BRUSSELS: The E.U. has pledged 1 billion Euros ($1.15 billion) in aid for Afghanistan “to avert a major humanitarian and socioeconomic collapse,” the bloc’s chief Ursula von der Leyen said at a Group of 20 (G-20) summit focused on the humanitarian and security situations in Afghanistan. Von der Leyen emphasized that these funds will be given to international organizations providing “direct support” for Afghans rather than the Taliban. According to von der Leyen, this aid package constitutes a “moral duty,” particularly for those countries that participated in the mission that hastily withdrew from Afghanistan in August, but it is also likely that E.U. countries are concerned about a surge of Afghan asylum-seekers mirroring that of Syrian refugees in 2015. Al Jazeera reports.
The group of G-20 economies is determined to tackle the humanitarian crisis in Afghanistan, even if it means coordinating efforts with the Taliban, Italian Prime Minister Mario Draghi said yesterday after hosting the emergency summit on Afghanistan. “There has basically been a convergence of views on the need to address the humanitarian emergency,” Draghi told reporters at the end of a video conference, explaining that there was unanimous agreement among the participants about the need to alleviate the crisis. President Biden, “Indian Prime Minister Narenda Modi and many European leaders took part in the G-20 conference, however Chinese President Xi Jinping and Russian President Vladimir Putin did not dial in, suggesting differing international positions on the emergency,” Crispian Balmer reports for Reuters.
The State Department reported that “there has been progress on a number of fronts” following meetings between U.S. and Taliban officials in Qatar, particularly with respect to humanitarian assistance. State Department spokesperson Ned Price further noted that there was also engagement by the Taliban with respect to the “shared threat” of terrorist groups such as the Islamic State. Jennifer Hansler reports for CNN.
The E.U. pledge of aid goes well beyond what countries had been offering annually in humanitarian support before the Taliban took over and there were no other comparable pledges from other countries participating in the G-20 meeting, including the U.S. However, the current money pledged is still far off what is required to offset the humanitarian crisis in Afghanistan. A White House statement after yesterday’s G-20 meeting reiterated that “the United States remains committed to working closely with the international community and using diplomatic, humanitarian, and economic means to address the situation in Afghanistan and support the Afghan people.” Chico Harlan reports for the Washington Post.
A spokesperson for the U.N. High Commissioner for Refugees (UNHCR) indicated that the agency was attempting to establish a logistics hub just outside of Afghanistan to distribute direct aid to internally displaced Afghans. “The UNHCR spokesperson said that the agency planned to conduct three airlifts to scale up supplies to Afghanistan in the coming period,” UN News Centre reports.
The State Department has announced that veteran diplomat Elizabeth Jones will be coming out of retirement to lead the agency’s Afghanistan relocation and resettlement efforts. She is unlikely to engage directly with the Taliban, but rather coordinate with interagency partners, particularly at the Department of Homeland Security and the White House, to relocate people out of Afghanistan, process those individuals in third countries, resettle Afghans in the U.S., and engage with volunteer and veterans groups. Kylie Atwood and Jennifer Hansler report for CNN.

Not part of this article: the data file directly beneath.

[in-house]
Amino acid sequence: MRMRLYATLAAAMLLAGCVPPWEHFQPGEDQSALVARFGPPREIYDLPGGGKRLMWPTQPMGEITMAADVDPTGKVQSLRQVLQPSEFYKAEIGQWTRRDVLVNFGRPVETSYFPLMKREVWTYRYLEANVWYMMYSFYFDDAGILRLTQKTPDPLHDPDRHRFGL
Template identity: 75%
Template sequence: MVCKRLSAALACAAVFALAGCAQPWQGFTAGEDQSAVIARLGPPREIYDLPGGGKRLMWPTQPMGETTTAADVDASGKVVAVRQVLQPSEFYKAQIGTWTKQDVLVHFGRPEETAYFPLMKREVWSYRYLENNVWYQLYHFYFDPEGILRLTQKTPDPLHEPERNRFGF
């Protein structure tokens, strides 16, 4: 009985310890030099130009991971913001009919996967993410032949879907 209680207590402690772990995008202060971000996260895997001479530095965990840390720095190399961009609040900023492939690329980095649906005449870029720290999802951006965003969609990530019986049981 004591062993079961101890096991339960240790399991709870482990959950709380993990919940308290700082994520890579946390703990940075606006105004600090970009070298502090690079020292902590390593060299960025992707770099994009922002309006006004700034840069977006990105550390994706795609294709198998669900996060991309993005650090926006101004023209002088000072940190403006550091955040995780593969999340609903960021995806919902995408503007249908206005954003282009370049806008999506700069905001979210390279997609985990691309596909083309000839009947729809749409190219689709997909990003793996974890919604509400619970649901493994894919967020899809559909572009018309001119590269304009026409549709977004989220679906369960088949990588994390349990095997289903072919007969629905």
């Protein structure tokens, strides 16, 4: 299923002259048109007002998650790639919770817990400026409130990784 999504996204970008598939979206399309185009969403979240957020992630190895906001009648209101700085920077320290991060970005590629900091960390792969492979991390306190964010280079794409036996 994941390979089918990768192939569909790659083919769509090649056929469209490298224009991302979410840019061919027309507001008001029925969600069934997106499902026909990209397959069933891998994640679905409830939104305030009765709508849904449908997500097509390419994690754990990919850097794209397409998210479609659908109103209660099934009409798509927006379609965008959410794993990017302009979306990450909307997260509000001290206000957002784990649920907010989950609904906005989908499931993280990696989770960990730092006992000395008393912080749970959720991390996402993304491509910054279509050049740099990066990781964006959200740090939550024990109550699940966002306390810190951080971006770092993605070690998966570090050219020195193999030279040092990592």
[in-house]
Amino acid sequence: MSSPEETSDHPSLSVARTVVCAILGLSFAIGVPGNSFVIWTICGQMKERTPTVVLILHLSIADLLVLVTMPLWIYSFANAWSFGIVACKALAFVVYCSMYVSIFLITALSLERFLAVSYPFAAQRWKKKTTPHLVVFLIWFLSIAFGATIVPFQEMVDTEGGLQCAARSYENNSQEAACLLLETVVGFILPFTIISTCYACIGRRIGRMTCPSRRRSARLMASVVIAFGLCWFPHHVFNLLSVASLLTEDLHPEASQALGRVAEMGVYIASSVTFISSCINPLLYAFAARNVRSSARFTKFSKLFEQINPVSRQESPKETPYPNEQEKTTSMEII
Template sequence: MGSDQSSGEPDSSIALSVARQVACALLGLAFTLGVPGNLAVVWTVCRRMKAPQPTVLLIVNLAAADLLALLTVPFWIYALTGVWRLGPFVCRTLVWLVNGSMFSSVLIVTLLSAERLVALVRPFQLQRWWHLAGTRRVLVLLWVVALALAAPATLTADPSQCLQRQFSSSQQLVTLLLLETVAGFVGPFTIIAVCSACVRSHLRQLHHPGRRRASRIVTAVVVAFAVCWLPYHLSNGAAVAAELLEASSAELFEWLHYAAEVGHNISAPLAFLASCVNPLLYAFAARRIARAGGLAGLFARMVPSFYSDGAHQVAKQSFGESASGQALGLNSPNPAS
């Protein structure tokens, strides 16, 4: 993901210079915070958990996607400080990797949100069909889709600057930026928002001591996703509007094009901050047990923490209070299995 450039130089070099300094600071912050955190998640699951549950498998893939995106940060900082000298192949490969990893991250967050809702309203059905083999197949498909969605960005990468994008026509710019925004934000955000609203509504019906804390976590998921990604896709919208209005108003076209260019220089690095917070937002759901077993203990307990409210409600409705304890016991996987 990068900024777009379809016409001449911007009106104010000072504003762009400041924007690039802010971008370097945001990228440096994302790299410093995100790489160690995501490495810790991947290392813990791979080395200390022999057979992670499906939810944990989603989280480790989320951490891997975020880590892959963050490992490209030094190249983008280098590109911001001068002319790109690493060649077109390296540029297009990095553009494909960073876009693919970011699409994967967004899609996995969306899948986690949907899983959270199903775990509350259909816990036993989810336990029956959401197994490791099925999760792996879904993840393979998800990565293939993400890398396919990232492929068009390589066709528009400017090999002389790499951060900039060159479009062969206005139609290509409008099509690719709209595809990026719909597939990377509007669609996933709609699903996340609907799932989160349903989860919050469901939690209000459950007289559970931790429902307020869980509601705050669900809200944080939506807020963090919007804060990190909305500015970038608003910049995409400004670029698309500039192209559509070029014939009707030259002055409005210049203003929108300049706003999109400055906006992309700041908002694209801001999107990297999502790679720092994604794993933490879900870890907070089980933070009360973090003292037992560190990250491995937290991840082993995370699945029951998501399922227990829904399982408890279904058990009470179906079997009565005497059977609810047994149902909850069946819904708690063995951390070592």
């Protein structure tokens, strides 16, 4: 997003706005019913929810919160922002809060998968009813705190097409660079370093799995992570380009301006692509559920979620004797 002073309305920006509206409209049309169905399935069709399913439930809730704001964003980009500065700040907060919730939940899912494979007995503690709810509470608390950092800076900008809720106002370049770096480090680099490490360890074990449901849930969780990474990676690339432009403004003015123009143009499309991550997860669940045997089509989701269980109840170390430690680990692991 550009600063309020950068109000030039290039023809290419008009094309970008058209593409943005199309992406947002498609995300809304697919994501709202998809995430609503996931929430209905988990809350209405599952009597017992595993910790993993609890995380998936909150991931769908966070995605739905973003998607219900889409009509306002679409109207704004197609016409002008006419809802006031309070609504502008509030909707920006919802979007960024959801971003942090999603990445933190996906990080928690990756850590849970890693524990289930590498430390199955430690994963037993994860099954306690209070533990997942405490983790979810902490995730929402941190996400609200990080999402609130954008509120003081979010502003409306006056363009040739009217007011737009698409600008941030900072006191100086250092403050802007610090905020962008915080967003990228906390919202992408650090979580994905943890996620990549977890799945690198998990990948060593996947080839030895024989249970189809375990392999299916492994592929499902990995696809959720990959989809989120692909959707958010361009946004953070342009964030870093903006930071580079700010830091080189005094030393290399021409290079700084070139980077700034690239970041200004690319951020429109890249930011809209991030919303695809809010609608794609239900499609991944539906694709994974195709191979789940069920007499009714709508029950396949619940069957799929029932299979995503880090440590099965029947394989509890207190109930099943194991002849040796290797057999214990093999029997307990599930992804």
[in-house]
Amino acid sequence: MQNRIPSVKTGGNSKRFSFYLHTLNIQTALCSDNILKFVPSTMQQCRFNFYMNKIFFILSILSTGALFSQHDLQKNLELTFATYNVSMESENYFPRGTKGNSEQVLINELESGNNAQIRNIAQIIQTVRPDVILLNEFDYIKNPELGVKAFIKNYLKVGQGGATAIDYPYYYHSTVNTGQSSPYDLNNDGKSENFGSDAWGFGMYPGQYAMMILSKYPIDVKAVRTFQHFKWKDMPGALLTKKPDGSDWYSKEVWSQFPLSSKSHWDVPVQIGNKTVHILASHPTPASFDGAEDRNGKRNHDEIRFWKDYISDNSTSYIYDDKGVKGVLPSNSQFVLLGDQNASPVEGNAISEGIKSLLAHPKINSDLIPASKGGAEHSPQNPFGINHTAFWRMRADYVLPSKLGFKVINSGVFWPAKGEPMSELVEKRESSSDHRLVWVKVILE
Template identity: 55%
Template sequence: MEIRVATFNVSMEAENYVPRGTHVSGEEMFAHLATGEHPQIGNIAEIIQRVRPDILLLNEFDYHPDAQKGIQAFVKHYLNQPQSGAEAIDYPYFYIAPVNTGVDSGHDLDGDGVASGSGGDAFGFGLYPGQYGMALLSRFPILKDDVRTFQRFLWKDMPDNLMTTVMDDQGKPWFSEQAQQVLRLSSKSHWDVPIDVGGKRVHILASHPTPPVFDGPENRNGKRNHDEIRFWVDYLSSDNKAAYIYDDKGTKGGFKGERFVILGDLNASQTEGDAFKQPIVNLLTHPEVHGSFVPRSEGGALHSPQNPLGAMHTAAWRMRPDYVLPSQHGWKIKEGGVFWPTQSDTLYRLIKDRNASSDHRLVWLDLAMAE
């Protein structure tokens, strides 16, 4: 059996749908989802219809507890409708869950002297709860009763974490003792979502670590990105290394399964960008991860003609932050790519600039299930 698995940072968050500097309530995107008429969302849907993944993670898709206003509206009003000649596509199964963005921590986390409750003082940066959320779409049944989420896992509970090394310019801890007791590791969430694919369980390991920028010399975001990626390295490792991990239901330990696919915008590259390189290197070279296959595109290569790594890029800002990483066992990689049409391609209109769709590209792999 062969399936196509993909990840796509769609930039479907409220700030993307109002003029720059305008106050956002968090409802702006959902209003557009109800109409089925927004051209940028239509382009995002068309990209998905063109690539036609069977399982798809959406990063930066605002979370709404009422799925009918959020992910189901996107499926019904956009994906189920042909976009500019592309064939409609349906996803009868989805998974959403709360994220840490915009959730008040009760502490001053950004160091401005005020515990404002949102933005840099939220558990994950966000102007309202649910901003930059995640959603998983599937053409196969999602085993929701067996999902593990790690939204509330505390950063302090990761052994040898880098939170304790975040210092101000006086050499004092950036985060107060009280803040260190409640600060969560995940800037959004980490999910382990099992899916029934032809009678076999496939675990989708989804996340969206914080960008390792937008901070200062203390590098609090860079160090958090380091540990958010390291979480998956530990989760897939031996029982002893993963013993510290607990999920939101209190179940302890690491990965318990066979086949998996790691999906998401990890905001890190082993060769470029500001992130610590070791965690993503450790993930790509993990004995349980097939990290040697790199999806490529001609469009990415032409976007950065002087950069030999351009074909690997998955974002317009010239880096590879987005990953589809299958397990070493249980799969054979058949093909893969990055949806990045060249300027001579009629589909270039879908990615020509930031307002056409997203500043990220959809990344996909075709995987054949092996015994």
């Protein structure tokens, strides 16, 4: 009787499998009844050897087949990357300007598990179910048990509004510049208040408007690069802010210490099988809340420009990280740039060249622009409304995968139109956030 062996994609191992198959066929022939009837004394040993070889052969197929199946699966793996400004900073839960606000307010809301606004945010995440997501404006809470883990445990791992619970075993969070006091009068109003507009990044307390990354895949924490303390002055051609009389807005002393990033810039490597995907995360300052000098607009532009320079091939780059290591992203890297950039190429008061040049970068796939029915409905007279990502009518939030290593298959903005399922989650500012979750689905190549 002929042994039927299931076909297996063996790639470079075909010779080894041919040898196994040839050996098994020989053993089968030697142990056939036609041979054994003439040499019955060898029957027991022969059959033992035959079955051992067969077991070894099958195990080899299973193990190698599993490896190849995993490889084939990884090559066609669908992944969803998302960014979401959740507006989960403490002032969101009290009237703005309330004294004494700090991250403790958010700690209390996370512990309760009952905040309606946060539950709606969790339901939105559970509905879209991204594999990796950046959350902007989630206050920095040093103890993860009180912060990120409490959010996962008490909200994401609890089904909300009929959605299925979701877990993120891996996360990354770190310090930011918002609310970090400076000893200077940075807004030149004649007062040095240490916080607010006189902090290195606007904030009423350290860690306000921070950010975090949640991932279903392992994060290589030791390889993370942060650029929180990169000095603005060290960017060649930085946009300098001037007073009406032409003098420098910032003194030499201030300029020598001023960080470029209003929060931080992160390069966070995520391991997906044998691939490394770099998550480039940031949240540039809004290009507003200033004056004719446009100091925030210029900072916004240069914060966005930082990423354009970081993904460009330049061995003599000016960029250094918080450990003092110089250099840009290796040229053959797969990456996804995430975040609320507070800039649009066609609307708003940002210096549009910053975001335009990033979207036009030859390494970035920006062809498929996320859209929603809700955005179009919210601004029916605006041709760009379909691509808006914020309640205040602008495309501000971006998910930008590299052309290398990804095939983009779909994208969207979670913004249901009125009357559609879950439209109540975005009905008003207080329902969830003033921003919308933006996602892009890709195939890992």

The Taliban have allowed teenage Afghan girls to return to school in several provinces in northern Afghanistan, reflecting cultural differences in that part of the country, but not in Kabul. Even in these northern provinces, not all female students have returned to class as many have fled the city and others simply do not trust assurances from local Taliban officials. Ehsanullah Amiri and Margherita Stancati report for the Wall Street Journal.
As development aid to Afghanistan remains frozen, the economic situation in Afghanistan grows more dire. Many businesses have closed after their owners fled the country, there is little cash flow in the economy, and there has been a sharp increase in prices of necessities such as food. Additionally, even as winter approaches, hundreds of people in Kabul are living in tents. Yogita Limaye reports for BBC News.
There is no clear path for unfreezing Afghan government funds, Qatar’s Deputy Prime Minister and Minister of Foreign Affairs Sheikh Mohammed bin Abdulrahman Al-Thani has told a conference. Al-Thani reiterated Qatar’s position that recognizing the Taliban government was not currently a priority, but international engagement was important. Reuters reports.
Qatar’s special envoy for counterterrorism and mediation in conflict resolution, Mutlaq bin Majed al-Qahtani, has said that countries should engage with Afghanistan’s new Taliban leaders. Al-Qahtani warned the Global Security Forum in Doha organized by The Soufan Center that isolation of the Taliban could lead to instability and wide-ranging security threat, as happened with al-Qaida previously.